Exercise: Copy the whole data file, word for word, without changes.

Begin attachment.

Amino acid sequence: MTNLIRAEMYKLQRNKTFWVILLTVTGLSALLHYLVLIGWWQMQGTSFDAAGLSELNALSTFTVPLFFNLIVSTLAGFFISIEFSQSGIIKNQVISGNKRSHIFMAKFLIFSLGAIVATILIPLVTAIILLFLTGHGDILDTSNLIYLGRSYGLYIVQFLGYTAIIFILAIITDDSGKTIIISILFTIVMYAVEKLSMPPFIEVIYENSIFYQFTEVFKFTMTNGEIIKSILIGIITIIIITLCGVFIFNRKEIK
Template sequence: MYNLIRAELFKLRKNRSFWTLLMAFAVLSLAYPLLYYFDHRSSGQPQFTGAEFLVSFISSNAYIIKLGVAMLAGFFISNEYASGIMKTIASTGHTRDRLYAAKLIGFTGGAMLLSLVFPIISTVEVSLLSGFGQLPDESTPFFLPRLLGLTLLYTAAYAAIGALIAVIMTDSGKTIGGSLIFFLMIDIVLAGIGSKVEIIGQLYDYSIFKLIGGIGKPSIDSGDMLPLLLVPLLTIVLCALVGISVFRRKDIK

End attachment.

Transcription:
Amino acid sequence: MTNLIRAEMYKLQRNKTFWVILLTVTGLSALLHYLVLIGWWQMQGTSFDAAGLSELNALSTFTVPLFFNLIVSTLAGFFISIEFSQSGIIKNQVISGNKRSHIFMAKFLIFSLGAIVATILIPLVTAIILLFLTGHGDILDTSNLIYLGRSYGLYIVQFLGYTAIIFILAIITDDSGKTIIISILFTIVMYAVEKLSMPPFIEVIYENSIFYQFTEVFKFTMTNGEIIKSILIGIITIIIITLCGVFIFNRKEIK
Template sequence: MYNLIRAELFKLRKNRSFWTLLMAFAVLSLAYPLLYYFDHRSSGQPQFTGAEFLVSFISSNAYIIKLGVAMLAGFFISNEYASGIMKTIASTGHTRDRLYAAKLIGFTGGAMLLSLVFPIISTVEVSLLSGFGQLPDESTPFFLPRLLGLTLLYTAAYAAIGALIAVIMTDSGKTIGGSLIFFLMIDIVLAGIGSKVEIIGQLYDYSIFKLIGGIGKPSIDSGDMLPLLLVPLLTIVLCALVGISVFRRKDIK